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Medically reviewed by Dr. Shani S. Saks, D.O. on August 23, 2023

Anti-tumor necrosis factor (TNF) therapy with surgical closure was positively associated with radiological healing and improved incontinence in patients with Crohn’s perianal fistulas. The results of this study indicate that surgical closure may be considered in patients responsive to anti-TNF treatment, which can be discontinued once radiological healing is complete.

A previous clinical trial demonstrated more frequent radiological healing of short-term anti-tumor necrosis factor (anti-TNF) treatment followed by surgical closure in Crohn’s perianal fistulas, compared to only anti-TNF therapy for 18 months. The current study aimed to investigate the long-term therapeutic outcomes of these interventions in the healing of Crohn’s perianal fistulas. 

The findings, published in the journal E-Clinical Medicine, indicate that the aim of the treatment should be the radiological healing of perianal fistulas, and surgical closure should be considered in patients amenable to treatment. Anti-TNF treatment can be discontinued in patients demonstrating complete closure on magnetic resonance imaging (MRI).

Study Characteristics

The trial included 94 patients with Crohn’s perianal fistulas, of whom long-term follow-up data were obtained for 91. The median follow-up duration was 5.7 years (IQR 5–7), and the median age of the study participants was 33 years (IQR 26–44).  

Radiological Healing of Crohn’s Perianal Fistulas

During the follow-up period, 25 study participants achieved radiological healing, which was significantly different across short-term anti-TNF therapy and combined therapy with surgical closure arms, with long-term clinical closure evident in 34/55 and 26/36 participants, respectively. A significantly earlier clinical closure was achieved by study participants in the surgical closure with the anti-TNF treatment arm, along with a shorter interval between surgical and clinical closure.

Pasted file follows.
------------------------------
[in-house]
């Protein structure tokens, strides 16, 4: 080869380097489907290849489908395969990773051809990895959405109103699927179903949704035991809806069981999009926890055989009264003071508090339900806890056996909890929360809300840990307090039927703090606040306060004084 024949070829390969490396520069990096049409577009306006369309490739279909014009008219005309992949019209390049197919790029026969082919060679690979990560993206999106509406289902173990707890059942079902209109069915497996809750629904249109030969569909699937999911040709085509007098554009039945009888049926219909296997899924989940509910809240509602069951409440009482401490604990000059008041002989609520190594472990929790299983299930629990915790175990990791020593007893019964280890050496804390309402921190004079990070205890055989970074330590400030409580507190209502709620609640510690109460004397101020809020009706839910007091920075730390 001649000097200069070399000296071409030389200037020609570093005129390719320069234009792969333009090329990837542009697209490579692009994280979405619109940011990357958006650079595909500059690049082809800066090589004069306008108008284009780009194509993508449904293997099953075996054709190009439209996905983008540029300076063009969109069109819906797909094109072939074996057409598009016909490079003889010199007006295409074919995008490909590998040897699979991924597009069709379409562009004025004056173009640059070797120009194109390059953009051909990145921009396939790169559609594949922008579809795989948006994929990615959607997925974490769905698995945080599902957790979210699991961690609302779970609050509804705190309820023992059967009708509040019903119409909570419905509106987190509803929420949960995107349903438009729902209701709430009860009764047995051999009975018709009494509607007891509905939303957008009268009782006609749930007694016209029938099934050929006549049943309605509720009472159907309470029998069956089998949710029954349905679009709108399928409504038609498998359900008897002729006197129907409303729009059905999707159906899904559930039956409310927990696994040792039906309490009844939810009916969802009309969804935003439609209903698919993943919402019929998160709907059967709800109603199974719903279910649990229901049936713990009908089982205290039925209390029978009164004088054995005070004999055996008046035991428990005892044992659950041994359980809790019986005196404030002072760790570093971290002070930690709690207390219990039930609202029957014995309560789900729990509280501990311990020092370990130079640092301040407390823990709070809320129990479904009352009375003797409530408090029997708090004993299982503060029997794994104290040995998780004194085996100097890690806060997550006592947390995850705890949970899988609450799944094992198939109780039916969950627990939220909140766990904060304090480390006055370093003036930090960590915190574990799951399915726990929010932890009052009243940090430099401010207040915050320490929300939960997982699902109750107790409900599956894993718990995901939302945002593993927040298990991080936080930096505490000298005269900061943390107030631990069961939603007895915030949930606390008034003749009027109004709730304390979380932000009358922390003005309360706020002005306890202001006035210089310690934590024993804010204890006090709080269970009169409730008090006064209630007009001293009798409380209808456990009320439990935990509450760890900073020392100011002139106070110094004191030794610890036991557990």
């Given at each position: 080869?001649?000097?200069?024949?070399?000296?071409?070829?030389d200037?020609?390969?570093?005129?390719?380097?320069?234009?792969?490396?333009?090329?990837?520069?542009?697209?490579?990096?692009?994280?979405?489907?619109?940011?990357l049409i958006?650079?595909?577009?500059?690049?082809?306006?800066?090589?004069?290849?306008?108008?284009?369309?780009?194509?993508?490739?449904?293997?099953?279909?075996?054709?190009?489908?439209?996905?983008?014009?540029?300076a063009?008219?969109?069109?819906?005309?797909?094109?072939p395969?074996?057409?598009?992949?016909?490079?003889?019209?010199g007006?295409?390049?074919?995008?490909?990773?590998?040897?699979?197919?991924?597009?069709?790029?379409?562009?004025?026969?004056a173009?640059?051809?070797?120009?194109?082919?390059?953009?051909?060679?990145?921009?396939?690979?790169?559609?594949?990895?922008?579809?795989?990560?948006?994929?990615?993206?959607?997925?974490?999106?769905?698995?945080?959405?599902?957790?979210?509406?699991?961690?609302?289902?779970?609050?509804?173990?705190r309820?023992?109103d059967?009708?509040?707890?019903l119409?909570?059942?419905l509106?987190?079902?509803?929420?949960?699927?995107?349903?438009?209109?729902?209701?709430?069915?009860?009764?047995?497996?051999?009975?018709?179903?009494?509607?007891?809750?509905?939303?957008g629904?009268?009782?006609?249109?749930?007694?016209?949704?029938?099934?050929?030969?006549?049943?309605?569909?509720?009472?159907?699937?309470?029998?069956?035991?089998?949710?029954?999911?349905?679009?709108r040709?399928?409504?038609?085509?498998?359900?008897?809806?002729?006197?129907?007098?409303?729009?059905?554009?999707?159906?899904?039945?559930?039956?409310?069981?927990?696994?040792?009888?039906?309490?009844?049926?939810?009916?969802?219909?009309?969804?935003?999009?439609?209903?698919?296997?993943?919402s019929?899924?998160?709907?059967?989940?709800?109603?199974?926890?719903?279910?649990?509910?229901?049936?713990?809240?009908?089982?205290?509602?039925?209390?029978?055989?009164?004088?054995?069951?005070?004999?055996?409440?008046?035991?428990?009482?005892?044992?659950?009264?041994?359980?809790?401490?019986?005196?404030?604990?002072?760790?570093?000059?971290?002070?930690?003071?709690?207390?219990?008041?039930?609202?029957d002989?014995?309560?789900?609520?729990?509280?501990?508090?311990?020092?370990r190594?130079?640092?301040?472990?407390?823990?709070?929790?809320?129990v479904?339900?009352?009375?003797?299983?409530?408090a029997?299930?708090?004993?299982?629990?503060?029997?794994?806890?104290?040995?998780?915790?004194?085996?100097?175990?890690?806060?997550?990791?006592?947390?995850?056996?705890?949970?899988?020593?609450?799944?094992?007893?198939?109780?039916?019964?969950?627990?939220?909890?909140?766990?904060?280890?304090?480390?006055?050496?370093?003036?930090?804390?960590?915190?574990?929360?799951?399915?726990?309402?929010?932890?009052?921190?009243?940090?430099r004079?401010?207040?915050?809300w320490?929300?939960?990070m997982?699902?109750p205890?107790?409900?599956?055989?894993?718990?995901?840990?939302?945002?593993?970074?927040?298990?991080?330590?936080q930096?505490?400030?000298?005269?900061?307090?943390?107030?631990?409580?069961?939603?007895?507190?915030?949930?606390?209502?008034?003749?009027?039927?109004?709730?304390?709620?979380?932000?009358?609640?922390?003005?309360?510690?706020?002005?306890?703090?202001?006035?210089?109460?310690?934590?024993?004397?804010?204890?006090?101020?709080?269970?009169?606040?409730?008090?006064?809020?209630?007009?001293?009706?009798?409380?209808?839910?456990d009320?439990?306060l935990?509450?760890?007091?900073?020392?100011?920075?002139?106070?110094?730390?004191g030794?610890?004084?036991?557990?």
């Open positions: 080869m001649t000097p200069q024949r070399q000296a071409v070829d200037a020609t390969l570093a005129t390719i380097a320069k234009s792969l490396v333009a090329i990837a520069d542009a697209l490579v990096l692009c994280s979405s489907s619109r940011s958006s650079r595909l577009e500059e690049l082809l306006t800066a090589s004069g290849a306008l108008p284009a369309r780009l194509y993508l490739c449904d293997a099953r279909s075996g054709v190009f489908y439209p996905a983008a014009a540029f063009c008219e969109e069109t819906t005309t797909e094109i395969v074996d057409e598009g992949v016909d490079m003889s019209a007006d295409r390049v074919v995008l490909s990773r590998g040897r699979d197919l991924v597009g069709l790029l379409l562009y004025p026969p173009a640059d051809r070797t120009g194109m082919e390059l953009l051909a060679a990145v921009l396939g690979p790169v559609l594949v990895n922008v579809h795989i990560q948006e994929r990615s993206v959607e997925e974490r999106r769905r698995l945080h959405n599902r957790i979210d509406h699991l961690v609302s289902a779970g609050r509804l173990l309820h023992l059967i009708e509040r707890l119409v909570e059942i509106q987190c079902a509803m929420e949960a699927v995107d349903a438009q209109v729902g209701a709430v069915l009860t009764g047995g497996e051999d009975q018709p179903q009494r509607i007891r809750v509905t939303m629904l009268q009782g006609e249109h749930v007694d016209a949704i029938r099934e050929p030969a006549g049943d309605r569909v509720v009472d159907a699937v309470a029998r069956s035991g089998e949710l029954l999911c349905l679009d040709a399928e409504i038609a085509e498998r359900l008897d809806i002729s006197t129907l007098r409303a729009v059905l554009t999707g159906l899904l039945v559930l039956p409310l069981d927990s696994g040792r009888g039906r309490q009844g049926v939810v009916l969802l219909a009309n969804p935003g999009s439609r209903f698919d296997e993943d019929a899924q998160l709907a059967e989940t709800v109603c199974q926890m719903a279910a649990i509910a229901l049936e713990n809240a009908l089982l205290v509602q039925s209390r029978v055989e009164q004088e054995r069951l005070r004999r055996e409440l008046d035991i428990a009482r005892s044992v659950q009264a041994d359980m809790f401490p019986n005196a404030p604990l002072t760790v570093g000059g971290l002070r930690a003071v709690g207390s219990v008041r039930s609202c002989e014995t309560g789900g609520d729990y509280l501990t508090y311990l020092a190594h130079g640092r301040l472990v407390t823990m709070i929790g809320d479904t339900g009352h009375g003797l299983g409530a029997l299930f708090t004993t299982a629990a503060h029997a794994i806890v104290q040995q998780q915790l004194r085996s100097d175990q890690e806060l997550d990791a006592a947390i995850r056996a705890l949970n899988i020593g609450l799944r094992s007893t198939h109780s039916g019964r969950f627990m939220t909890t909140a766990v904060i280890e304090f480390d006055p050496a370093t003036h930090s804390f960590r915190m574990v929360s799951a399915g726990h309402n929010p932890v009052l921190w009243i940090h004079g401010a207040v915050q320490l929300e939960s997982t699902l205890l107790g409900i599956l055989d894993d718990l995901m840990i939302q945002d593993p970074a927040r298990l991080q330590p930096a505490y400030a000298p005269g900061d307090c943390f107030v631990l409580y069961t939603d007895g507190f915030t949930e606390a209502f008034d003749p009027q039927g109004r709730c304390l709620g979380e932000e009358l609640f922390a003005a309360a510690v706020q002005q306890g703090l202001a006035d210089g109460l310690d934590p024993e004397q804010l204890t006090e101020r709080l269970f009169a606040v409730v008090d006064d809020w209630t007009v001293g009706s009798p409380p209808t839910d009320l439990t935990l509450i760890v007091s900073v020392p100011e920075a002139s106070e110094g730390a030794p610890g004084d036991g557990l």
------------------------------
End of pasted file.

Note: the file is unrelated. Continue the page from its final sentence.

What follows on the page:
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Recurrence of Crohn’s Perianal Fistulas

The recurrence of perianal fistulas occurred in 9/36 and 19/55 patients in the surgical closure and anti-TNF treatment arms, respectively. Recurrence was not observed in any of the 25 patients who demonstrated radiological healing. By contrast, 27 of the 76 patients who demonstrated clinical closure during the follow-up period had a recurrence. Of these, 9/22 patients who stopped anti-TNF treatment demonstrated a recurrence.

Improvement in Incontinence and Decision Regret Scale Scores

Out of 91 patients, 76 completed the Decision Regret Scale (DRS) and self-rated incontinence questionnaire. Approximately 28% of these patients reported improved continence following treatment; however, there were no significant differences across the treatment arms. 

Conversely, 30% of the patients who completed the questionnaire in the surgical closure arm reported greater complaints of incontinence following the treatment compared to 15% of the patients who completed the questionnaire in the anti-TNF treatment arm. The mean total DRS scores in the surgical closure and anti-TNF treatment arms were 3 (IQR 0–25) and 10 (IQR 0–30), respectively.

Anti-TNF therapy with surgical closure was associated with radiological healing and improved incontinence in patients with Crohn’s perianal fistulas. The results of the study indicate that surgical closure may be considered in patients responsive to anti-TNF treatment, which can be discontinued once radiological healing is complete.

Source

Van Praag, E. M., Becker, M. A., Van Rijn, K. L., Wasmann, K. A., Stoker, J., D’Haens, G. R., Ponsioen, C. Y., Gecse, K. B., Dijkgraaf, M. G., Spinelli, A., Danese, S., Bemelman, W. A., & Buskens, C. J. (2023). Short-term anti-TNF therapy with surgical closure versus anti-TNF therapy alone for Crohn’s perianal fistulas (PISA-II): long-term outcomes of an international, multicentre patient preference, randomised controlled trial. EClinicalMedicine, 61, 102045. https://doi.org/10.1016/j.eclinm.2023.102045